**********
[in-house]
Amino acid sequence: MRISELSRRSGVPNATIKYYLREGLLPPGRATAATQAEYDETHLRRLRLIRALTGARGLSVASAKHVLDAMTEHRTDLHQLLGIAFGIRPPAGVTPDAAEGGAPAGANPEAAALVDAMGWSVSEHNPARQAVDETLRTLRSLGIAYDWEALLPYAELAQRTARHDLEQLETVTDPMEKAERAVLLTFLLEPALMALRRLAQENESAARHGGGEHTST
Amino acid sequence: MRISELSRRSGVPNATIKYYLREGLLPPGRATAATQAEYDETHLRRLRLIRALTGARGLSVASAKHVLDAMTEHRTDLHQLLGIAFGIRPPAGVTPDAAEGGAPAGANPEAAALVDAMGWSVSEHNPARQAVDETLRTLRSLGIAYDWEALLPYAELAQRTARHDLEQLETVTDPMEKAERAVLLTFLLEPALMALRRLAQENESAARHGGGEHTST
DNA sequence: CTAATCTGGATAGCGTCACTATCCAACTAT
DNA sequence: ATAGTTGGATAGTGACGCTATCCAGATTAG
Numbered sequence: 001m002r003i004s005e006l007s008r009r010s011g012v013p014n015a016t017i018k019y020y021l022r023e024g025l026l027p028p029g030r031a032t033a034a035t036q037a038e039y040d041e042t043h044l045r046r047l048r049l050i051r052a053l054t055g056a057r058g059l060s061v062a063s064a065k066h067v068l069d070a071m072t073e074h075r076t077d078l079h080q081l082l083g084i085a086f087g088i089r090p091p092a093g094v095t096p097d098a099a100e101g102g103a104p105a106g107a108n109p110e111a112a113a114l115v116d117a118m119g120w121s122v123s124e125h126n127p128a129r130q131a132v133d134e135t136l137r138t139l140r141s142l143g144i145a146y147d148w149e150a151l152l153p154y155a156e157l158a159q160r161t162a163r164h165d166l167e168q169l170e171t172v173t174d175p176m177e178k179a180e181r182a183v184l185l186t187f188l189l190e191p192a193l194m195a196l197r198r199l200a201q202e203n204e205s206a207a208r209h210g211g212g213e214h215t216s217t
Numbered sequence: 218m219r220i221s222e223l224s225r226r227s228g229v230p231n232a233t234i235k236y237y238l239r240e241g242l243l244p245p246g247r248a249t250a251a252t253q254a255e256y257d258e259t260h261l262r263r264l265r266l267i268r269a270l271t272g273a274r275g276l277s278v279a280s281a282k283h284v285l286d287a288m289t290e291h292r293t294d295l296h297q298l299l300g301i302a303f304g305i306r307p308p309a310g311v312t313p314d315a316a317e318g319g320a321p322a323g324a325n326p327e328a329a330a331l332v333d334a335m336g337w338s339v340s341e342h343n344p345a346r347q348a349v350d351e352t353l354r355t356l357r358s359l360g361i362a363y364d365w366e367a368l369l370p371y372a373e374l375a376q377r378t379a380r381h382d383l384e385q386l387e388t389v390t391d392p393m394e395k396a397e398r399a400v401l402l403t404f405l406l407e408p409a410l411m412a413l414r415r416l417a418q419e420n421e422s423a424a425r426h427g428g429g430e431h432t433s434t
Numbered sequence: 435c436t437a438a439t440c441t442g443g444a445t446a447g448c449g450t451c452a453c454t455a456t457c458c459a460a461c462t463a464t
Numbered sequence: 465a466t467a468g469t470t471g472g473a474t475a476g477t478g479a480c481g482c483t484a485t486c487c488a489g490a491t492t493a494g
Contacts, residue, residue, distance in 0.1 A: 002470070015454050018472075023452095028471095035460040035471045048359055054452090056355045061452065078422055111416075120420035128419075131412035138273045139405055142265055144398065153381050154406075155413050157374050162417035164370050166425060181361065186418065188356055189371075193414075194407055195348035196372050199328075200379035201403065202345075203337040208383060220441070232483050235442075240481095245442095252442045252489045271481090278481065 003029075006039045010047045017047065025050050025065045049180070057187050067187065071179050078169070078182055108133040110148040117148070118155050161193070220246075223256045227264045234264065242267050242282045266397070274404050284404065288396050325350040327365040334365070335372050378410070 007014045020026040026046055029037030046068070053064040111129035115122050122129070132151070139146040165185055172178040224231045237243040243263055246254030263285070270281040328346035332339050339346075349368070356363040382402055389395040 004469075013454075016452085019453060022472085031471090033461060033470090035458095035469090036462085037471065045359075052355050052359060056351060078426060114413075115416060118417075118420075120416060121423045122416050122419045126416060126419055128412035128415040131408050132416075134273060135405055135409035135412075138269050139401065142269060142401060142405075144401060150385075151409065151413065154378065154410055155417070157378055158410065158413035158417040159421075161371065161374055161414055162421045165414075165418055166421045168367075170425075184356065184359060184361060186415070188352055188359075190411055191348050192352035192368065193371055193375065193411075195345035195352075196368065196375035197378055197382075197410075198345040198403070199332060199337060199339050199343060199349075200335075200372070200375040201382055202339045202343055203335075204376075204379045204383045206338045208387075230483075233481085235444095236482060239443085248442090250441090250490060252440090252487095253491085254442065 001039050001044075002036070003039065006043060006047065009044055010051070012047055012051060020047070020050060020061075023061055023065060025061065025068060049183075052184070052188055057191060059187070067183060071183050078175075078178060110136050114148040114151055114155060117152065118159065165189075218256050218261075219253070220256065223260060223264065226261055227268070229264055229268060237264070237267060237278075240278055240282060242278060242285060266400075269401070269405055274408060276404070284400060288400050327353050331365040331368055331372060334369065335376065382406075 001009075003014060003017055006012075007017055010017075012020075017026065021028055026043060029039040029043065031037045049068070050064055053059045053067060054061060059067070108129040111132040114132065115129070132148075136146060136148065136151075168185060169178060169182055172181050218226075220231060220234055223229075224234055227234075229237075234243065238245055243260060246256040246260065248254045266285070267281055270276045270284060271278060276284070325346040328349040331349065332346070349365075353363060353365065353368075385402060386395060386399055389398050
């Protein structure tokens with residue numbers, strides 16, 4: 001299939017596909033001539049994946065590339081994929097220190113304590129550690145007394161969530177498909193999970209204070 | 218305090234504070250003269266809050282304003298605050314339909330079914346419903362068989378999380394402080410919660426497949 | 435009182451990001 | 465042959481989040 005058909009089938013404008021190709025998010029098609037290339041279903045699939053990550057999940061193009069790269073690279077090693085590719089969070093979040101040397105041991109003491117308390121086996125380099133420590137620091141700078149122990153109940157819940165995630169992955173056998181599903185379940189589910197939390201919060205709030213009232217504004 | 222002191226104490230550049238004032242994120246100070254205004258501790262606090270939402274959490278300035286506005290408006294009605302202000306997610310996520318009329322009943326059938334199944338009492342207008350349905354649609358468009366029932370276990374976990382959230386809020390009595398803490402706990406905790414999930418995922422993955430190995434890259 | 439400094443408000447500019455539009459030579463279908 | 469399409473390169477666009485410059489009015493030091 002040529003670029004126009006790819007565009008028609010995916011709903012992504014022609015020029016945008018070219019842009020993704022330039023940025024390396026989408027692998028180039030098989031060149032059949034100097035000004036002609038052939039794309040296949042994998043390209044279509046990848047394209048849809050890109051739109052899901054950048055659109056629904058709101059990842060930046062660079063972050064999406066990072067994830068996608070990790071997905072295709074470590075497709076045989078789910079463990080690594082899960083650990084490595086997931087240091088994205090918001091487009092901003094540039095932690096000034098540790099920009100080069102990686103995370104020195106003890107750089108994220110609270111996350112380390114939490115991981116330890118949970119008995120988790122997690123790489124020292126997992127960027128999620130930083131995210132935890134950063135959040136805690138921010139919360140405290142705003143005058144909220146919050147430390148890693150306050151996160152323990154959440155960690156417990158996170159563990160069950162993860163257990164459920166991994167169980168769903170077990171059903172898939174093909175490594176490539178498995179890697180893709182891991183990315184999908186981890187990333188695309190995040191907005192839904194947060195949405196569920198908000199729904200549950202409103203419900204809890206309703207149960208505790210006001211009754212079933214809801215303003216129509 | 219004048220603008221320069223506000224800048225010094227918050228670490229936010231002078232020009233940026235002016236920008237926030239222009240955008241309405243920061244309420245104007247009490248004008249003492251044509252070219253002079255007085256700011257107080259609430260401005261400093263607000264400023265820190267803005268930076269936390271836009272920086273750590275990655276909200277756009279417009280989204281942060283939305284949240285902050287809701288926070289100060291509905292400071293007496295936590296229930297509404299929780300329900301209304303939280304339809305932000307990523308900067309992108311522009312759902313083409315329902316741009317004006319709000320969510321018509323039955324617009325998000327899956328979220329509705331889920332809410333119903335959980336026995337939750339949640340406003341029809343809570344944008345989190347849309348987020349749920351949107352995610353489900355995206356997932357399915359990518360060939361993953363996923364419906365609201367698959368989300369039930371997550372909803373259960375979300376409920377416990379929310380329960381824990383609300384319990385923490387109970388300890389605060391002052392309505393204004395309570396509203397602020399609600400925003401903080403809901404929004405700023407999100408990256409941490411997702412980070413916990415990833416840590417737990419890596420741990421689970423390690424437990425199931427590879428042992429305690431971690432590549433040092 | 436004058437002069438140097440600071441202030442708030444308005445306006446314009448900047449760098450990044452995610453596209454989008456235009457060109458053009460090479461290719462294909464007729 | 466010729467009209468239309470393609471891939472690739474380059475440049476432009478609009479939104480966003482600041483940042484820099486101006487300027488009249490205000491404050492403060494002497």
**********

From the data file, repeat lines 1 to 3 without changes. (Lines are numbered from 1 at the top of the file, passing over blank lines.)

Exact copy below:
[in-house]
Amino acid sequence: MRISELSRRSGVPNATIKYYLREGLLPPGRATAATQAEYDETHLRRLRLIRALTGARGLSVASAKHVLDAMTEHRTDLHQLLGIAFGIRPPAGVTPDAAEGGAPAGANPEAAALVDAMGWSVSEHNPARQAVDETLRTLRSLGIAYDWEALLPYAELAQRTARHDLEQLETVTDPMEKAERAVLLTFLLEPALMALRRLAQENESAARHGGGEHTST
Amino acid sequence: MRISELSRRSGVPNATIKYYLREGLLPPGRATAATQAEYDETHLRRLRLIRALTGARGLSVASAKHVLDAMTEHRTDLHQLLGIAFGIRPPAGVTPDAAEGGAPAGANPEAAALVDAMGWSVSEHNPARQAVDETLRTLRSLGIAYDWEALLPYAELAQRTARHDLEQLETVTDPMEKAERAVLLTFLLEPALMALRRLAQENESAARHGGGEHTST